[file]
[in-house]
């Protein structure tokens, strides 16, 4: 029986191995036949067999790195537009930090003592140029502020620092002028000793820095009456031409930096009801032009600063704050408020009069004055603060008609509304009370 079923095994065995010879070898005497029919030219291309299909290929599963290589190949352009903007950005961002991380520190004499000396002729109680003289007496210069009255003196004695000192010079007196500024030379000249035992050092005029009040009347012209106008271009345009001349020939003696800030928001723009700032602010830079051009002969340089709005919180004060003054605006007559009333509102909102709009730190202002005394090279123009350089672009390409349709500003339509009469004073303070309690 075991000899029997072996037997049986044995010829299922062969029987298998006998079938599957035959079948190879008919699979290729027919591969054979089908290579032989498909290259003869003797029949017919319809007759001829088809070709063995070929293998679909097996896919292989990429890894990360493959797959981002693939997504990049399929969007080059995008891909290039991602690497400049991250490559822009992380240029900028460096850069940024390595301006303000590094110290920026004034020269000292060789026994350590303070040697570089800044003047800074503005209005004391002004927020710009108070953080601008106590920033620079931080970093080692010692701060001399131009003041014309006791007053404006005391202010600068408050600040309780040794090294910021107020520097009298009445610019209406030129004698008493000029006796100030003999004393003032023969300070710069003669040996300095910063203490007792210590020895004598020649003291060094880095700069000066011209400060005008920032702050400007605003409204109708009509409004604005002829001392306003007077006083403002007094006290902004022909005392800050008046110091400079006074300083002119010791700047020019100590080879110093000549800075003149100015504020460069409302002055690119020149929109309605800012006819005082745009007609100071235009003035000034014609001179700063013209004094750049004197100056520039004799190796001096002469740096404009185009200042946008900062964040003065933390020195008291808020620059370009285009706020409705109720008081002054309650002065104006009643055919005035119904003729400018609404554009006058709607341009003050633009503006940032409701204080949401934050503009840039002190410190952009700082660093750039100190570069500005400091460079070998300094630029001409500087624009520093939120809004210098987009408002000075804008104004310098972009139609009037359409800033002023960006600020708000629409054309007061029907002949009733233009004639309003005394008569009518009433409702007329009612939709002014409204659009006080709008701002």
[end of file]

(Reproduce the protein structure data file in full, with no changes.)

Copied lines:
[in-house]
């Protein structure tokens, strides 16, 4: 029986191995036949067999790195537009930090003592140029502020620092002028000793820095009456031409930096009801032009600063704050408020009069004055603060008609509304009370 079923095994065995010879070898005497029919030219291309299909290929599963290589190949352009903007950005961002991380520190004499000396002729109680003289007496210069009255003196004695000192010079007196500024030379000249035992050092005029009040009347012209106008271009345009001349020939003696800030928001723009700032602010830079051009002969340089709005919180004060003054605006007559009333509102909102709009730190202002005394090279123009350089672009390409349709500003339509009469004073303070309690 075991000899029997072996037997049986044995010829299922062969029987298998006998079938599957035959079948190879008919699979290729027919591969054979089908290579032989498909290259003869003797029949017919319809007759001829088809070709063995070929293998679909097996896919292989990429890894990360493959797959981002693939997504990049399929969007080059995008891909290039991602690497400049991250490559822009992380240029900028460096850069940024390595301006303000590094110290920026004034020269000292060789026994350590303070040697570089800044003047800074503005209005004391002004927020710009108070953080601008106590920033620079931080970093080692010692701060001399131009003041014309006791007053404006005391202010600068408050600040309780040794090294910021107020520097009298009445610019209406030129004698008493000029006796100030003999004393003032023969300070710069003669040996300095910063203490007792210590020895004598020649003291060094880095700069000066011209400060005008920032702050400007605003409204109708009509409004604005002829001392306003007077006083403002007094006290902004022909005392800050008046110091400079006074300083002119010791700047020019100590080879110093000549800075003149100015504020460069409302002055690119020149929109309605800012006819005082745009007609100071235009003035000034014609001179700063013209004094750049004197100056520039004799190796001096002469740096404009185009200042946008900062964040003065933390020195008291808020620059370009285009706020409705109720008081002054309650002065104006009643055919005035119904003729400018609404554009006058709607341009003050633009503006940032409701204080949401934050503009840039002190410190952009700082660093750039100190570069500005400091460079070998300094630029001409500087624009520093939120809004210098987009408002000075804008104004310098972009139609009037359409800033002023960006600020708000629409054309007061029907002949009733233009004639309003005394008569009518009433409702007329009612939709002014409204659009006080709008701002």